On the surface at least, Sonnet 94 continues the theme from the previous sonnet, which contrasts virtue with appearance. Although the sonnet offers a warm testimonial to a cool and impassive youth, there is no specific mention of the poet or the young man in the entire poem.
The "they" in the first line sums up the youth's characteristics: He is detached, impersonal, and authoritative. In the second quatrain, the "they" ironically pictures a youth who has a stingy, hoarding nature. The third quatrain, which seems at first to be disconnected from the first two, presents an image of a summer flower that is "to the summer sweet" but that succumbs easily to "base infection," meaning that in competition with more unsightly and noxious weeds, the summer flower will lose out. How this third quatrain is related to the first two is explained in the concluding couplet: "For sweetest things turn sourest by their deeds; / Lilies that fester smell far worse than weeds." Outward appearance does not necessarily correspond to an object's worth or character. The youth who in the first quatrain is detached and impersonal is really a tease; in the second quatrain, those persons who are "the lords and owners of their faces" are deceptive because they create false appearances; and finally, the summer flower may appear beautiful and vivacious, but it falters easily when faced with an obstacle such as "the basest weed." The entire sonnet, then, is an extended metaphor highlighting the dichotomy between outward appearance — mere show — and inner worth — an object's or person's true nature.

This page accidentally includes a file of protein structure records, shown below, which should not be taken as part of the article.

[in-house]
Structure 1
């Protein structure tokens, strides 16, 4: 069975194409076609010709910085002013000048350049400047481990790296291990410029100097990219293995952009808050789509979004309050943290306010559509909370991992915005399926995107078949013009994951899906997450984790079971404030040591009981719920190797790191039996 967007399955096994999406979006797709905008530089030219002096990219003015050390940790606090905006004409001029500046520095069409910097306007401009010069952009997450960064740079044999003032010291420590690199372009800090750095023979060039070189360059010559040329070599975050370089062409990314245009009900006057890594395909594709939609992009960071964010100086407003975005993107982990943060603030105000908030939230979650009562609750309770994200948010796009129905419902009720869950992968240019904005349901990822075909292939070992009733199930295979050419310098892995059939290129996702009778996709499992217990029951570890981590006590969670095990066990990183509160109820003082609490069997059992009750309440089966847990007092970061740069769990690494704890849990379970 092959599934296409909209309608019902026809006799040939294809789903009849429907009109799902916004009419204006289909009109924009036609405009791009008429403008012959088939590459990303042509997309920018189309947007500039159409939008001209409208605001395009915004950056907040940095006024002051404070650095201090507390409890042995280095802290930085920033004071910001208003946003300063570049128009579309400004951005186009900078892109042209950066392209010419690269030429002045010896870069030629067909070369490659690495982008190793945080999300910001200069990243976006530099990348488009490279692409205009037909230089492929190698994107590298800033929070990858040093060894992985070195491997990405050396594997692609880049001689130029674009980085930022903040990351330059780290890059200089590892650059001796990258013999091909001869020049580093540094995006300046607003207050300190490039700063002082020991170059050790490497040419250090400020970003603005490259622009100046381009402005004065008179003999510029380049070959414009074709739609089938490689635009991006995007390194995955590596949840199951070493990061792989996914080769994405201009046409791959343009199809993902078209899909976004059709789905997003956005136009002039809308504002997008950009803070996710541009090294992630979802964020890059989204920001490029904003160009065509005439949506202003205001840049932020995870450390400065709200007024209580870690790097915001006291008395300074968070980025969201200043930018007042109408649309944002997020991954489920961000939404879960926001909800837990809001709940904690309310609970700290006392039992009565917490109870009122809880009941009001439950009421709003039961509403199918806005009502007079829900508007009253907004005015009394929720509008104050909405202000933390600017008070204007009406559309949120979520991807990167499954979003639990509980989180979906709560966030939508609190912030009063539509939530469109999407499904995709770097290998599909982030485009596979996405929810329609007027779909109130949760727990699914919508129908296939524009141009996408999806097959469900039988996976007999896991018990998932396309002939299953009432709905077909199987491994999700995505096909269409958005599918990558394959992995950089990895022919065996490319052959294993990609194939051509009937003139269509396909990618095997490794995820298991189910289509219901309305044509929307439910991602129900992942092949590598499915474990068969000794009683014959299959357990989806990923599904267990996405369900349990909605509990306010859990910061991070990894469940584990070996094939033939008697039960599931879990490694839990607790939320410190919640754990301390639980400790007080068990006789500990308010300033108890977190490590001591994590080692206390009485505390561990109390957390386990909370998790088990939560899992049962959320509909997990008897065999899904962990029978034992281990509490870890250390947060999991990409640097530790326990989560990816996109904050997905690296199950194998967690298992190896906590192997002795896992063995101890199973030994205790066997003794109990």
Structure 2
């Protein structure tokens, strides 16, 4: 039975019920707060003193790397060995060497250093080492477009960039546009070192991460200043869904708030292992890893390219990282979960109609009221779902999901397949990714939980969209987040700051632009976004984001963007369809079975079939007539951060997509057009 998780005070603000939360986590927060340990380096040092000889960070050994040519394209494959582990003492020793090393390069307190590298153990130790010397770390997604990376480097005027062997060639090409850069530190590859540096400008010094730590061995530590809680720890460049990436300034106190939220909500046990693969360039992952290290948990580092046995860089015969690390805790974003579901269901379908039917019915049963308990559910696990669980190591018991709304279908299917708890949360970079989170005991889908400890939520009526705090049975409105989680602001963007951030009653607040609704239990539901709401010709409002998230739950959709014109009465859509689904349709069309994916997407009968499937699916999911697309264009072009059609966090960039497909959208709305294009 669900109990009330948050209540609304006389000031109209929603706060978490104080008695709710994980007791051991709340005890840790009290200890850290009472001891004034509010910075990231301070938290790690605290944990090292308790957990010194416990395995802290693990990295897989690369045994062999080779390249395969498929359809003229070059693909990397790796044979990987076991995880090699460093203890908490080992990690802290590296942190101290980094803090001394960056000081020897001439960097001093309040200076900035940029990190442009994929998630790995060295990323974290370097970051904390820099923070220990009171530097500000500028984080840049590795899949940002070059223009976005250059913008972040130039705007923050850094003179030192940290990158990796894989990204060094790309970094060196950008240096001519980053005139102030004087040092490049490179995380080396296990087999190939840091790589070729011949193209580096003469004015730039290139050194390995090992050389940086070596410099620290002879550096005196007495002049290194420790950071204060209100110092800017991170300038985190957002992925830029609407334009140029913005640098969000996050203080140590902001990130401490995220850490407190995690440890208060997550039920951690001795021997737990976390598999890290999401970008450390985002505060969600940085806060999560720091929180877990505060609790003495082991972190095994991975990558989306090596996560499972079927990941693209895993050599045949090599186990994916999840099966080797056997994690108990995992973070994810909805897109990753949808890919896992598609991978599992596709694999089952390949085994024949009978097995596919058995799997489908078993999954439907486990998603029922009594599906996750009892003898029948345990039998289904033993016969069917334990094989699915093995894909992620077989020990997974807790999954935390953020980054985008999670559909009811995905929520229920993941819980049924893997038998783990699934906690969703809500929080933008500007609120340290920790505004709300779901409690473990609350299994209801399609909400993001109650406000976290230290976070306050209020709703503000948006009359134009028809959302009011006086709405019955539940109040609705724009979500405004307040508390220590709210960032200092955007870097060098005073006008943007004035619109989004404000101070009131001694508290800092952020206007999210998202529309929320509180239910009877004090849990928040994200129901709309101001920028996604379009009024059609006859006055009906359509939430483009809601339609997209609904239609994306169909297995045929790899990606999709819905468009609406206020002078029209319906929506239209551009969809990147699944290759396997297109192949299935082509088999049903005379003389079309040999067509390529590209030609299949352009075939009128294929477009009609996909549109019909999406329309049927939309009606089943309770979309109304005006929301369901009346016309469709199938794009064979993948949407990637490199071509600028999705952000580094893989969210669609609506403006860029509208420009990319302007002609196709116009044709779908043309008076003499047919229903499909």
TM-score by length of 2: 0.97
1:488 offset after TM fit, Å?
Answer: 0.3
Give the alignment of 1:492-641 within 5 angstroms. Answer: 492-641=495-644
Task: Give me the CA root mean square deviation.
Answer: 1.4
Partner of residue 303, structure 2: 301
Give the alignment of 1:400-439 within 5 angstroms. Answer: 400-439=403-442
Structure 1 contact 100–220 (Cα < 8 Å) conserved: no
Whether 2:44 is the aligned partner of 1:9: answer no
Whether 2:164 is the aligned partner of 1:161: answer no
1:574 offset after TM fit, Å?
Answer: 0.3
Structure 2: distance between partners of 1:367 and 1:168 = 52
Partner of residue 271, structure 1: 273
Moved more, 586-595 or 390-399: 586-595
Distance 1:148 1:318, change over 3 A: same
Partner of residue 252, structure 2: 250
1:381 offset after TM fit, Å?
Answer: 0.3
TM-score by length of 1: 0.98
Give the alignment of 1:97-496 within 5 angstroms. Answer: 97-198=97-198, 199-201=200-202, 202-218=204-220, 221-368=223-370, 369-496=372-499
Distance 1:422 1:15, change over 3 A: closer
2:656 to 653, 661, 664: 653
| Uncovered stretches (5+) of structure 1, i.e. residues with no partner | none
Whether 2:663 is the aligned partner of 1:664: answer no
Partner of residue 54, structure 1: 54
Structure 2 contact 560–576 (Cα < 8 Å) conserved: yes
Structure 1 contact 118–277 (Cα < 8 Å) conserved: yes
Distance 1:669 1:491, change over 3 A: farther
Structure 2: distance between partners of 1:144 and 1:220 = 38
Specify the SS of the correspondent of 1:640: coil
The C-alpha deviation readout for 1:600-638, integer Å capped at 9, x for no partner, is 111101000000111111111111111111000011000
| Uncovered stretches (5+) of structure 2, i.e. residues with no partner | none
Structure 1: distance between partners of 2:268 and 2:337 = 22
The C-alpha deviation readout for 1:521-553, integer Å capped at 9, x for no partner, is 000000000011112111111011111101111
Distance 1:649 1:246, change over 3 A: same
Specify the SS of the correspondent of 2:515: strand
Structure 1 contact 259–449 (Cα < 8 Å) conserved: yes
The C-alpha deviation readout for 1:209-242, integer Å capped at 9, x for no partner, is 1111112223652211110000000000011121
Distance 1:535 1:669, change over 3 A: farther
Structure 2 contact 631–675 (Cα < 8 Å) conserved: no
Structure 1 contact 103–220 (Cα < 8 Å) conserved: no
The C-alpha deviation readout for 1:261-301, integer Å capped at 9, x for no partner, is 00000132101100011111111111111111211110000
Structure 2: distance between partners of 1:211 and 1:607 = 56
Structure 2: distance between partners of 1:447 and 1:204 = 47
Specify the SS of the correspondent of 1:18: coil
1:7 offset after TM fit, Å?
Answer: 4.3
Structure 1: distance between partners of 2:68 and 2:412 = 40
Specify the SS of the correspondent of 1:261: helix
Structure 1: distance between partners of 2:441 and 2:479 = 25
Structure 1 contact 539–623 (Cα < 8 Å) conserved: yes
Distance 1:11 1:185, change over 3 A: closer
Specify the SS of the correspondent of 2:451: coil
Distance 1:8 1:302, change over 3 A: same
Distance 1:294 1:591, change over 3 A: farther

Much criticism has been written about Sonnet 94. According to one group of critics, Shakespeare advances the argument of those who, with an outward beauty that is the source of temptation, are themselves cold and not easily tempted. In contrast are those whose beauty not only tempts but also leads them into temptation. As a symbol of the first, the flower that is sweet to the world around it, although it blossoms and dies by itself, is self-contained. As a symbol of the second, the same flower is infected with a canker, in which case it is more offensive than a weed.
Other critics argue that Sonnet 94 is extremely ironic. Superior individuals remain aloof and never submit to temptation, but are not selfish in so doing, for they unconsciously do good deeds, like the flowers. The youth, the poet continues, must be, indeed already is, quite like these superior individuals — although just what this good is that the youth does certainly remains questionable. Yet even such superior individuals must remain alert not to fall from perfection if they are to avoid becoming the worst, just as "Lilies that fester smell far worse than weeds."